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The Kariba Dam, image courtesy of Zambezi River Authority

Clean Power

Zimbabwe Declares That Load-Shedding Has Ended — However, There Is Still A Lot Of Work To Do!

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After a very frustrating period of prolonged load-shedding that saw citizens only having electricity between midnight and 4am, the Zimbabwe government has declared the end of electricity rationing. This follows the completion of two 300MW coal-powered new generation plants.

This new capacity is from the recently commissioned units 7 & 8 at Hwange. Before the addition of the 2 new units that were built at a cost of US$1.5 billion, that country’s old coal power plants (Hwange units 1 to 6) had been experiencing frequent breakdowns, meaning that they were never able to reach anywhere close to their installed capacity of 920MW. There are also some smaller thermal power stations around the country in Harare, Munyati, and Bulawayo, that rarely produce and when they do, it will be well below their rated capacity.

This scenario has meant that the country’s 1,050 MW hydropower plant at Kariba has been doing most of the heavy lifting. But due to climate change-induced irregular rainfall patterns, the water levels in the dam have regularly been falling below sustainable levels for continuous or peak support output at the required levels. This has resulted in the Zambezi River Authority implementing a water rationing program, therefore restricting electricity generation. For example, late last year, ZRA instructed the Zimbabwe Power Company to reduce power generation to a maximum of 300MW. This resulted in the Zimbabwe Power Company, the operator of the national power generation plants, to produce a record low 354MW at one point across its fleet of generators that had an installed capacity of around 2,200MW at that time, against a peak demand of about 1,800MW, hence the high levels of unprecedented load-shedding.

South Africa was also implementing a record load-shedding program, as well as Zambia at some point, and therefore the region was experiencing an acute deficit. This meant Zimbabwe could not import as much as possible from the region. This was further exacerbated by Zimbabwe’s everlasting foreign currency shortages, as well as the regular burst of hyperinflation, meaning the country was also not in a position to pay for additional imports from Mozambique and Zambia, for example.

With the addition of the two new coal plants, the country’s installed generation capacity has now shot up to around 2,800MW. Recently, when the two new units were added to the mix, the ZPC reported a generation output of around 1,600MW—1,700MW. This has helped ease the burden on citizens who were fed up with the incessant load-shedding. Zimbabwe also imports some power from Zambia and several of its neighbors.

However, there is still a lot of work to do! First up, the addition of the new generation capacity has been welcomed by the citizens, as it has given them some relief from the 20-hour cuts. But this new capacity being fossil fuel-powered means that it has significantly reduced the share of renewable energy penetration in the country’s energy mix. The country’s biggest power plant used to be the 1,050MW Kariba Dam hydropower plant, but now it is the 1,520MW Hwange coal power plant. Although the old units 1 to 6 (920MW) have not been performing well, the government has announced plans to refurbish these units now that the new units 7 & 8 have been successfully completed. This means Zimbabwe will need to add more renewables to offset this additional fossil fuel-powered generation capacity as well as diversity its energy mix. The country also needs to add new generation capacity as quickly as possible via the most economic routes to meet a growing demand for electricity.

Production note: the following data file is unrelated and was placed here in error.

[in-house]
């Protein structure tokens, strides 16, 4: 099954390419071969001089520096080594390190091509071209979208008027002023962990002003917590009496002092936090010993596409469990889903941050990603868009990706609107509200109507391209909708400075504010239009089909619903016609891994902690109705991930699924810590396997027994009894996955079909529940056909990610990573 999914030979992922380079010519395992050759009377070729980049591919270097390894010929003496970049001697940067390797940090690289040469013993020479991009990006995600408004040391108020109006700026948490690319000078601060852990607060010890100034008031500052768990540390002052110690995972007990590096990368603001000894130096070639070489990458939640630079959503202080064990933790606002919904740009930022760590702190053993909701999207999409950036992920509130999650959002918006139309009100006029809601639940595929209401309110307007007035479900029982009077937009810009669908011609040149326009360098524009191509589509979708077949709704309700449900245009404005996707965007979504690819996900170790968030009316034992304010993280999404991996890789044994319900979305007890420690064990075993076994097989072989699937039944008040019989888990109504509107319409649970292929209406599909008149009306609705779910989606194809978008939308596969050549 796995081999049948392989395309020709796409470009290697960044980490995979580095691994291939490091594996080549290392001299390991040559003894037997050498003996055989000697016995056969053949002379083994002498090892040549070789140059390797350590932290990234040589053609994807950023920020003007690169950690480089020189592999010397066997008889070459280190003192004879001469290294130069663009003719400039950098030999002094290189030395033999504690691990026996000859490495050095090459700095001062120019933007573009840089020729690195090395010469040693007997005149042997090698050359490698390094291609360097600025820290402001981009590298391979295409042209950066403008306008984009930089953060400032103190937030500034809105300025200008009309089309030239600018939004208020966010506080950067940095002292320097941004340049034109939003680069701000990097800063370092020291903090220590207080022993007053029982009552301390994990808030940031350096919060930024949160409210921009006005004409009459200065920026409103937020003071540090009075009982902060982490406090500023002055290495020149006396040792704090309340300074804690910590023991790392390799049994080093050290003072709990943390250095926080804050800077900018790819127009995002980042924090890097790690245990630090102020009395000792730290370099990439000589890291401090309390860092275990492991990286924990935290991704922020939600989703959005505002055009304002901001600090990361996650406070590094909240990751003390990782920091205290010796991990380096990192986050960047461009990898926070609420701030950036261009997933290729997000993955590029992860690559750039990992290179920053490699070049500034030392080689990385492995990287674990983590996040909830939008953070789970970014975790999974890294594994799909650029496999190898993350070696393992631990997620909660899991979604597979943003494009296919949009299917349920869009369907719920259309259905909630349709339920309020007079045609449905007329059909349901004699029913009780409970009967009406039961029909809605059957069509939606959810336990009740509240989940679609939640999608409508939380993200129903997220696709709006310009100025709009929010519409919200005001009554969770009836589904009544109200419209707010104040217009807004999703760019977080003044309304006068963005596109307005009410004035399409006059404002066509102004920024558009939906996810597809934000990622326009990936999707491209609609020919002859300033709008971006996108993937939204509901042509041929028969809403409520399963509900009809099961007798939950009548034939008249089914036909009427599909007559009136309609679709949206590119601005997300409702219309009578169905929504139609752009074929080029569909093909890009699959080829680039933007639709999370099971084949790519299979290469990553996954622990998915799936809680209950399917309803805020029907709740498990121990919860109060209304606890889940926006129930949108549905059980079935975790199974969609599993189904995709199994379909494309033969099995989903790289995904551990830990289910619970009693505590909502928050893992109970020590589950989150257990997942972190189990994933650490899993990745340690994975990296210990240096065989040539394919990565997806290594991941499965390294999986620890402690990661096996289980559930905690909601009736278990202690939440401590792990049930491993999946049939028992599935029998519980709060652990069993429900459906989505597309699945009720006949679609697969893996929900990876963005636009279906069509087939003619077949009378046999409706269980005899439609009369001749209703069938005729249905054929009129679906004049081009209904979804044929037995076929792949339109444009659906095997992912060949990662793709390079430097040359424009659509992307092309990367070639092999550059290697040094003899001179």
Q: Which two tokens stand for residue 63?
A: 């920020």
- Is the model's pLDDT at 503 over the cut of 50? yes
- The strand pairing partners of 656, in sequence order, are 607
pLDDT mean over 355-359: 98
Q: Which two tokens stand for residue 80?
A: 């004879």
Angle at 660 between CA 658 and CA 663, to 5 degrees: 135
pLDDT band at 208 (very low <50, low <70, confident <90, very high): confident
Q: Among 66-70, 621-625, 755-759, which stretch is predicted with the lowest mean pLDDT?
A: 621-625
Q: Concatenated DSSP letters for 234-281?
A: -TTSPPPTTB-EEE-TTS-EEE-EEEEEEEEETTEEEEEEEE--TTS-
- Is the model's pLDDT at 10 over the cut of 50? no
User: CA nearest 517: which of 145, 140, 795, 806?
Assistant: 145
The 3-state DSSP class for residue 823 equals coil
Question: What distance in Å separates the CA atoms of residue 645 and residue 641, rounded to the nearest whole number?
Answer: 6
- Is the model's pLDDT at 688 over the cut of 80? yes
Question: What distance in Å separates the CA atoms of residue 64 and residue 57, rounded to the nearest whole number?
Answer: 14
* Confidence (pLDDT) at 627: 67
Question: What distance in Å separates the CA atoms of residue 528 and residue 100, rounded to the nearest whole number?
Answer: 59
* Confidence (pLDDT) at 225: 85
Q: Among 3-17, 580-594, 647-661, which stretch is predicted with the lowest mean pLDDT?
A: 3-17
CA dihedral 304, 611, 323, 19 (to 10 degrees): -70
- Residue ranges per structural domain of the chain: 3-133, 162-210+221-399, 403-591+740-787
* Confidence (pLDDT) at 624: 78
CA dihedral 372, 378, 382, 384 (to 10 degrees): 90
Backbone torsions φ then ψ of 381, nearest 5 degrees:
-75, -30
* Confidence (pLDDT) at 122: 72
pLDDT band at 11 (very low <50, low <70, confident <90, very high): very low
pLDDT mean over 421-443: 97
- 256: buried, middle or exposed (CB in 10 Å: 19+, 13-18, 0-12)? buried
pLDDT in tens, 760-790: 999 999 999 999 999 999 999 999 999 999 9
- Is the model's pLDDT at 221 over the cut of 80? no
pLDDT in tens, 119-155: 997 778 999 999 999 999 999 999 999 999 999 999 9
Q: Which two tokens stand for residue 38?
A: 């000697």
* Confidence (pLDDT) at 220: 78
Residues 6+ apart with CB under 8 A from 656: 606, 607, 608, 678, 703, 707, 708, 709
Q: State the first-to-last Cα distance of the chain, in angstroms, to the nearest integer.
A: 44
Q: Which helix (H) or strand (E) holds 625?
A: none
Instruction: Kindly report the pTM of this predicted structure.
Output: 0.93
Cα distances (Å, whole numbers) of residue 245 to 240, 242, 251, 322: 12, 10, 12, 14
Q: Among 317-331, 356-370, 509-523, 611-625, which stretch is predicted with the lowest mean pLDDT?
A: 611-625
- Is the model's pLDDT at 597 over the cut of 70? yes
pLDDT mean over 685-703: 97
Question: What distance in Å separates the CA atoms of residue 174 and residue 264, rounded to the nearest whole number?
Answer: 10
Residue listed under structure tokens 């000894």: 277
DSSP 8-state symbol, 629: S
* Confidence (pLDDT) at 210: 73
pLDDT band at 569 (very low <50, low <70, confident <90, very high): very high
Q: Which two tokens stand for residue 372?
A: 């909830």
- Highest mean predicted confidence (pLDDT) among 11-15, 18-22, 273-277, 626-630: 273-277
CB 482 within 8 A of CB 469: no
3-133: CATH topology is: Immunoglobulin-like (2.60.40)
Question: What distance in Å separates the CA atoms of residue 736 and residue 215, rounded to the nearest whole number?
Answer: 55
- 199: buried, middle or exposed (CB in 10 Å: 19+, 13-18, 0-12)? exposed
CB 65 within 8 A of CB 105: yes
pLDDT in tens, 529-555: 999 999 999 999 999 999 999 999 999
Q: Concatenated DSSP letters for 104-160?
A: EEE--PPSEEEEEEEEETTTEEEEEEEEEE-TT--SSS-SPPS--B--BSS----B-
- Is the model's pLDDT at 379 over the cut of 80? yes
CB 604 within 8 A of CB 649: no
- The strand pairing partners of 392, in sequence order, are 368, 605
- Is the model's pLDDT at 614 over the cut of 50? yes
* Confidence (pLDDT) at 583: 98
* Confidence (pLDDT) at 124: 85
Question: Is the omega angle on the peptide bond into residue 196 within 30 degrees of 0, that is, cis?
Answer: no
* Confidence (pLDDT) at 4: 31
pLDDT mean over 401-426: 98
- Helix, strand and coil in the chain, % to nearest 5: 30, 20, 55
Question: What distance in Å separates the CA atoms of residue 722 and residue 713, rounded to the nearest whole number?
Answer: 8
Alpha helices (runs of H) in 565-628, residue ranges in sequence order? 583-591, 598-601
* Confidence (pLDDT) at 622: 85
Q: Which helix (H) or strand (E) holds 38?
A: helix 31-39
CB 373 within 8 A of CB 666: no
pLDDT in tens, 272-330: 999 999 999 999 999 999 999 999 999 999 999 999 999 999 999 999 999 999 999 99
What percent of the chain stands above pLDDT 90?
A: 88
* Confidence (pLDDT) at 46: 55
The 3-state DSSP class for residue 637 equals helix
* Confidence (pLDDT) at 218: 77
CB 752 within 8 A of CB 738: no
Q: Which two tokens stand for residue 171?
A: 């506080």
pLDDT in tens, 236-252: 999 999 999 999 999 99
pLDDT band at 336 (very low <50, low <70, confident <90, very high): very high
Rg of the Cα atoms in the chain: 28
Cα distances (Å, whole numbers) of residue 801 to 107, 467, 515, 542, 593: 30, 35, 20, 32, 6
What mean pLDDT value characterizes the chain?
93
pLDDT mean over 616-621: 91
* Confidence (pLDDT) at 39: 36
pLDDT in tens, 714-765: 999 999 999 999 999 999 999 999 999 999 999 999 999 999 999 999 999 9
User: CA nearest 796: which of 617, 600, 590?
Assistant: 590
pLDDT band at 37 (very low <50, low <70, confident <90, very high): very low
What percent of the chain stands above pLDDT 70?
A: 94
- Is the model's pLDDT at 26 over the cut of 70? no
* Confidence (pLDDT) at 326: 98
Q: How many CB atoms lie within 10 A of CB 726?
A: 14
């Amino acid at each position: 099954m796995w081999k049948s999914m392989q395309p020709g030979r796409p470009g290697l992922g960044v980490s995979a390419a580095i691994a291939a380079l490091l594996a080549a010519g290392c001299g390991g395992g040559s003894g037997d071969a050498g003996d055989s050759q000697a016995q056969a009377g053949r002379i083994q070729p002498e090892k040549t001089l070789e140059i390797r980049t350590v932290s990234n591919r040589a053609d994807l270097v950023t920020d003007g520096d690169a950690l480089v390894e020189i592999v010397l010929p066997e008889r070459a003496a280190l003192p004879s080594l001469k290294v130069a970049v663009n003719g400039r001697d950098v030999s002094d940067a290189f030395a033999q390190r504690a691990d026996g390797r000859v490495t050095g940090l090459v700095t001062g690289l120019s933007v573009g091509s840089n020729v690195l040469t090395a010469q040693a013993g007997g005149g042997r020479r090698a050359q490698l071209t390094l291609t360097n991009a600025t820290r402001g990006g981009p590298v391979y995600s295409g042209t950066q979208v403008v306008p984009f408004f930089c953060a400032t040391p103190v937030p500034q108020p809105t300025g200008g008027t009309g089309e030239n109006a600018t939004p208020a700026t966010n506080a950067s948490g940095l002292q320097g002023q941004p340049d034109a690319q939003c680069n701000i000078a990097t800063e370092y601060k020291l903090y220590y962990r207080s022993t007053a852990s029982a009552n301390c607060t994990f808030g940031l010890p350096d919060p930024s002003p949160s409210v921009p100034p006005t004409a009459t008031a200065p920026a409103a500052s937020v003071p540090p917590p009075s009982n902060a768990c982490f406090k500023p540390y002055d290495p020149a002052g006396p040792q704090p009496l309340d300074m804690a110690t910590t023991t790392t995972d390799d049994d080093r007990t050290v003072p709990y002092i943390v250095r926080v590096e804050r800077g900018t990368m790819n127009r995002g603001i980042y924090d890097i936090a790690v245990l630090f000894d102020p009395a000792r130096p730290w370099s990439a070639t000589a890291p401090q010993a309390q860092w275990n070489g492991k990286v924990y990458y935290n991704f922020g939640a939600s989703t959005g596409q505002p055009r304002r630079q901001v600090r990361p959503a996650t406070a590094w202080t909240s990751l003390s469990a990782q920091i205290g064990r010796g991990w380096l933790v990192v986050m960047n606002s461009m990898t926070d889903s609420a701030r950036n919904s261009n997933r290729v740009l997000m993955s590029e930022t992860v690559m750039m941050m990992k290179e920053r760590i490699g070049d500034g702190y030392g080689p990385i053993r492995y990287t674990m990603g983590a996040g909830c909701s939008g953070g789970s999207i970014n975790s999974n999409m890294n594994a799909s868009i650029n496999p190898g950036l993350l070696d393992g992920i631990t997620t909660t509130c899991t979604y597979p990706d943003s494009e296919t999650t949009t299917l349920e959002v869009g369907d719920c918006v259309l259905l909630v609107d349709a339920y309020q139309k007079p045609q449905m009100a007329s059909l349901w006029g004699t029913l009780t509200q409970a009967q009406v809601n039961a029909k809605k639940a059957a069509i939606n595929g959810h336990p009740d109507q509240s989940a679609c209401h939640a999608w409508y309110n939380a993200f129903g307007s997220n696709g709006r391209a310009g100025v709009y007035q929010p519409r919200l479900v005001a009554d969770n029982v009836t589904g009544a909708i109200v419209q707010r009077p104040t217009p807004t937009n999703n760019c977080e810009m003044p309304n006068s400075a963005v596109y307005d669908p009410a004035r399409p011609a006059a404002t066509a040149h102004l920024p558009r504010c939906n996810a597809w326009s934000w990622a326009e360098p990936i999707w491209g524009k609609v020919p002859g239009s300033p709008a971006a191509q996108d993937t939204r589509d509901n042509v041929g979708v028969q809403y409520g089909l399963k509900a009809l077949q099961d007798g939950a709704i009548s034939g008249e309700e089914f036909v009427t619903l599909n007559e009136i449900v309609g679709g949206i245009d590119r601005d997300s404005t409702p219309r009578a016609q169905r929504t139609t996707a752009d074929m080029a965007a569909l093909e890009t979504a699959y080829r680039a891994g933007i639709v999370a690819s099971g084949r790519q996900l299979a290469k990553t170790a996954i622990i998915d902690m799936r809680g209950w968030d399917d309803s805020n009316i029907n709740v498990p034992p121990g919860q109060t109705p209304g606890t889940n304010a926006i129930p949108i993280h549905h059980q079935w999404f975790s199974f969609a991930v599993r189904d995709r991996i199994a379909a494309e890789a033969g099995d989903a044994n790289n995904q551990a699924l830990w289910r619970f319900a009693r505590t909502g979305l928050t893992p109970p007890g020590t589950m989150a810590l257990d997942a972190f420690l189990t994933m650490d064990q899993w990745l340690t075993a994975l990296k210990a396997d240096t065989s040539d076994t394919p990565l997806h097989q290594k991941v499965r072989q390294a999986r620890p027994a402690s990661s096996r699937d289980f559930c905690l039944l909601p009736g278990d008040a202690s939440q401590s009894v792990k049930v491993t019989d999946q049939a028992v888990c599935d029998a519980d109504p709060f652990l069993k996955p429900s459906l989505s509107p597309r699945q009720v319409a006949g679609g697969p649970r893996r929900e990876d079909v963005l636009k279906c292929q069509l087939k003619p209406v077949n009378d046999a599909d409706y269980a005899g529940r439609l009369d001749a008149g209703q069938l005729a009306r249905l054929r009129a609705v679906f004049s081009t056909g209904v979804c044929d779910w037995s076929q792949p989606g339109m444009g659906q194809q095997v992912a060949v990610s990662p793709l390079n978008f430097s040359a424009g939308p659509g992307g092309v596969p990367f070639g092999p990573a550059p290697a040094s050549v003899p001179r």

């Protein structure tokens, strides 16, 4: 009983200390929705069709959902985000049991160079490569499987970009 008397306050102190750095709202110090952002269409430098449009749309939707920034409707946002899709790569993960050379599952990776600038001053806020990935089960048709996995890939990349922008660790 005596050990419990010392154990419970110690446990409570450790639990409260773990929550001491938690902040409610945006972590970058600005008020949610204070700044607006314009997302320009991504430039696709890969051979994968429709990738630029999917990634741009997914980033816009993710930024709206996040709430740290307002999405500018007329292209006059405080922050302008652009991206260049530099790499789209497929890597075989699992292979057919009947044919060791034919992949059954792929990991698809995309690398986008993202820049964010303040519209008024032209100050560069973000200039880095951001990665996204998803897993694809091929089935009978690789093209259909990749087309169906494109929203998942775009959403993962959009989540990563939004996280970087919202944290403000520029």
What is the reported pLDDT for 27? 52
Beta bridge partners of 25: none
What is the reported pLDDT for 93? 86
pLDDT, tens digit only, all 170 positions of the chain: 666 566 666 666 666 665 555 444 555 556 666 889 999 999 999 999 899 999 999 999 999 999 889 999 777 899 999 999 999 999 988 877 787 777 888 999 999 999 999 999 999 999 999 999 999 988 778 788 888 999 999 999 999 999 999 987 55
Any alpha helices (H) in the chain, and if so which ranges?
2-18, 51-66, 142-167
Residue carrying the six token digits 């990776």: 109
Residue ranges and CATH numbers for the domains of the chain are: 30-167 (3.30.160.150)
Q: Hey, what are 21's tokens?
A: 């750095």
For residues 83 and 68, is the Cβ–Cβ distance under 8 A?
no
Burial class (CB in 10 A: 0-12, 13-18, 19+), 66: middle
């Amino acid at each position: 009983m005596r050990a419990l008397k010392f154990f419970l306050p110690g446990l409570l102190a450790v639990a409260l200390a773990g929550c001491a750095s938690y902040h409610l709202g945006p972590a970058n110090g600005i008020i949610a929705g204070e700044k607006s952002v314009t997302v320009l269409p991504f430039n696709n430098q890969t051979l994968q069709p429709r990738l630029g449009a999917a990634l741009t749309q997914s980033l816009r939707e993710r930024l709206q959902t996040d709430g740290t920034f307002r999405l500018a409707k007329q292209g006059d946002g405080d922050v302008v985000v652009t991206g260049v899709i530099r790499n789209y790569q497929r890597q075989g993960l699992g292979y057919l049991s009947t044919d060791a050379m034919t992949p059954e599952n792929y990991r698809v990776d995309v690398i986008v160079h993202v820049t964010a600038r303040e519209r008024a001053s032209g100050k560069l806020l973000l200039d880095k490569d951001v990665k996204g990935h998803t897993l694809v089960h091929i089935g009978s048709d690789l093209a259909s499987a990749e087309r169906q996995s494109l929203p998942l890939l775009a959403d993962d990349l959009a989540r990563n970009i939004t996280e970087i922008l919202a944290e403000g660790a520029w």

The country’s national utility company, ZESA, announced a while ago that it has received applications for new connections from the mining and industrial sectors for about 2,500MW. Therefore, the power generation arm, ZPC, needs to finds new generation capacity ASAP.

One of the key projects driving this demand is a new steel plant under construction in Manhize that would require at least 500MW on completion. Of course, this new demand excludes any major infrastructure projects such as an electrified national and metro railway system that has been a topical discussion for years now and pops up every election season. There are no firm plans yet for this in the near future, but if these types of projects were to be developed, these and other similar projects, as well as any new heavy industries, would need to be accommodated in the power system development plans as well.

Zimbabweans also do not yet have universal access to electricity and this demand would also need to be incorporated, therefore a whole lot more new generation capacity needs to be developed quickly to ensure that Zimbabwe does not slip back into prolonged periods of load-shedding.

So, although the country has declared the end of load-shedding for now, already there is pressure from all the new planned and confirmed projects, such as the new 500MW steel plant. To help add some capacity to the mix, the developers of the steel plant have recently applied to the energy regulator in Zimbabwe for a license for a 100MW wind power plant. This will be the first ever utility-scale wind farm in Zimbabwe.

According to the Zimbabwe energy regulator’s latest Annual Report, Independent Power Producers, or IPPs, supplied 385.2 GWh in 2022 against 131.1 GWh in 2021. However, this was just 3.6% of 10,710 GWh of energy supplied in 2022. The total energy supplied in 2022 was up from 10,193GWh of 2021. As at the end of 2022, there were 32 Independent Power Producer power projects operational out of 115 licensed by the end of 2022, compared to 20 out of 96 in 2021. The contribution from IPPs is growing though, up from 2% in 2021. These IPPs are mostly small utility-scale solar PV plants (25MW and below per project). There is yet to be a 100MW and above PV project that has reached financial close in Zimbabwe and has been implemented.